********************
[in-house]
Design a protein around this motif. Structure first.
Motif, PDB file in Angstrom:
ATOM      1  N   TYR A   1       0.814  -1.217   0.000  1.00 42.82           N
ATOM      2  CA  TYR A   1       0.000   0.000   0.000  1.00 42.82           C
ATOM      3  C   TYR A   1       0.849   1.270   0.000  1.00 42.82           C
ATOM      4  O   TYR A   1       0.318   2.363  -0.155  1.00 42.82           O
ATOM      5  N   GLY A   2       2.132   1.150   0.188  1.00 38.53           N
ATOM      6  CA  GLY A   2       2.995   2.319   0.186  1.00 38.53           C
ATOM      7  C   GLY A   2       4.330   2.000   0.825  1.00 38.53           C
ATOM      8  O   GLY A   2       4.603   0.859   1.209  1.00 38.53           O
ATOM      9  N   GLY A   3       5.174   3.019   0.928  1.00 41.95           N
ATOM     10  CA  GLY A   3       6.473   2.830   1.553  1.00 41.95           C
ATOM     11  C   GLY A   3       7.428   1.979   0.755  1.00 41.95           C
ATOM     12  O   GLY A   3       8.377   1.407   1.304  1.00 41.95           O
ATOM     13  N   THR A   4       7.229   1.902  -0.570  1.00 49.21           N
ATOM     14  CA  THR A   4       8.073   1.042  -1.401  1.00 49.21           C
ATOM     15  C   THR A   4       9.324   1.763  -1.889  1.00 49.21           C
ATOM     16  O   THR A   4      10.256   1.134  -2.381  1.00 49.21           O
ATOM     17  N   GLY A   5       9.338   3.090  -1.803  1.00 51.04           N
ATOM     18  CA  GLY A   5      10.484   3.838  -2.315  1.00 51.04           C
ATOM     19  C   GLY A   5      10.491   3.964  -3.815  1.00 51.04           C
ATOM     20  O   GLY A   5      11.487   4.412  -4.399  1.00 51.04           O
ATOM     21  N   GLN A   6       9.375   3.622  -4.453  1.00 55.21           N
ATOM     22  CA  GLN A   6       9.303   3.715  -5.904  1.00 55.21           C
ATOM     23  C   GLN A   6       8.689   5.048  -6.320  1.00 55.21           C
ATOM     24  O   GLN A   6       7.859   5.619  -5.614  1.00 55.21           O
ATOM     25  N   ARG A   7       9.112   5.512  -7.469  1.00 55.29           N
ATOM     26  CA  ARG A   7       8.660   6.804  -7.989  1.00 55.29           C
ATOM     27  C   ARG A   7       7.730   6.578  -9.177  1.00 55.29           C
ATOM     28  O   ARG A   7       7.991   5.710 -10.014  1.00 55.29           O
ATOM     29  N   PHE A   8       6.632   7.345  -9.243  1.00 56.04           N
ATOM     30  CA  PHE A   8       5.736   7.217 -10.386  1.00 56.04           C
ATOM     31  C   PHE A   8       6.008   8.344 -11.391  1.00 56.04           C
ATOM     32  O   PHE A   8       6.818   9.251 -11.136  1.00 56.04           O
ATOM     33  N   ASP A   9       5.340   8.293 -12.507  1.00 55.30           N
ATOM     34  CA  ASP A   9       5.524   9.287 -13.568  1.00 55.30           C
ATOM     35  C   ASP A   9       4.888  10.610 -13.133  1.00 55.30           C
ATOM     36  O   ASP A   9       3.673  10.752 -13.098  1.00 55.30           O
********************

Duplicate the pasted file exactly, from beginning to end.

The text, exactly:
[in-house]
Design a protein around this motif. Structure first.
Motif, PDB file in Angstrom:
ATOM      1  N   TYR A   1       0.814  -1.217   0.000  1.00 42.82           N
ATOM      2  CA  TYR A   1       0.000   0.000   0.000  1.00 42.82           C
ATOM      3  C   TYR A   1       0.849   1.270   0.000  1.00 42.82           C
ATOM      4  O   TYR A   1       0.318   2.363  -0.155  1.00 42.82           O
ATOM      5  N   GLY A   2       2.132   1.150   0.188  1.00 38.53           N
ATOM      6  CA  GLY A   2       2.995   2.319   0.186  1.00 38.53           C
ATOM      7  C   GLY A   2       4.330   2.000   0.825  1.00 38.53           C
ATOM      8  O   GLY A   2       4.603   0.859   1.209  1.00 38.53           O
ATOM      9  N   GLY A   3       5.174   3.019   0.928  1.00 41.95           N
ATOM     10  CA  GLY A   3       6.473   2.830   1.553  1.00 41.95           C
ATOM     11  C   GLY A   3       7.428   1.979   0.755  1.00 41.95           C
ATOM     12  O   GLY A   3       8.377   1.407   1.304  1.00 41.95           O
ATOM     13  N   THR A   4       7.229   1.902  -0.570  1.00 49.21           N
ATOM     14  CA  THR A   4       8.073   1.042  -1.401  1.00 49.21           C
ATOM     15  C   THR A   4       9.324   1.763  -1.889  1.00 49.21           C
ATOM     16  O   THR A   4      10.256   1.134  -2.381  1.00 49.21           O
ATOM     17  N   GLY A   5       9.338   3.090  -1.803  1.00 51.04           N
ATOM     18  CA  GLY A   5      10.484   3.838  -2.315  1.00 51.04           C
ATOM     19  C   GLY A   5      10.491   3.964  -3.815  1.00 51.04           C
ATOM     20  O   GLY A   5      11.487   4.412  -4.399  1.00 51.04           O
ATOM     21  N   GLN A   6       9.375   3.622  -4.453  1.00 55.21           N
ATOM     22  CA  GLN A   6       9.303   3.715  -5.904  1.00 55.21           C
ATOM     23  C   GLN A   6       8.689   5.048  -6.320  1.00 55.21           C
ATOM     24  O   GLN A   6       7.859   5.619  -5.614  1.00 55.21           O
ATOM     25  N   ARG A   7       9.112   5.512  -7.469  1.00 55.29           N
ATOM     26  CA  ARG A   7       8.660   6.804  -7.989  1.00 55.29           C
ATOM     27  C   ARG A   7       7.730   6.578  -9.177  1.00 55.29           C
ATOM     28  O   ARG A   7       7.991   5.710 -10.014  1.00 55.29           O
ATOM     29  N   PHE A   8       6.632   7.345  -9.243  1.00 56.04           N
ATOM     30  CA  PHE A   8       5.736   7.217 -10.386  1.00 56.04           C
ATOM     31  C   PHE A   8       6.008   8.344 -11.391  1.00 56.04           C
ATOM     32  O   PHE A   8       6.818   9.251 -11.136  1.00 56.04           O
ATOM     33  N   ASP A   9       5.340   8.293 -12.507  1.00 55.30           N
ATOM     34  CA  ASP A   9       5.524   9.287 -13.568  1.00 55.30           C
ATOM     35  C   ASP A   9       4.888  10.610 -13.133  1.00 55.30           C
ATOM     36  O   ASP A   9       3.673  10.752 -13.098  1.00 55.30           O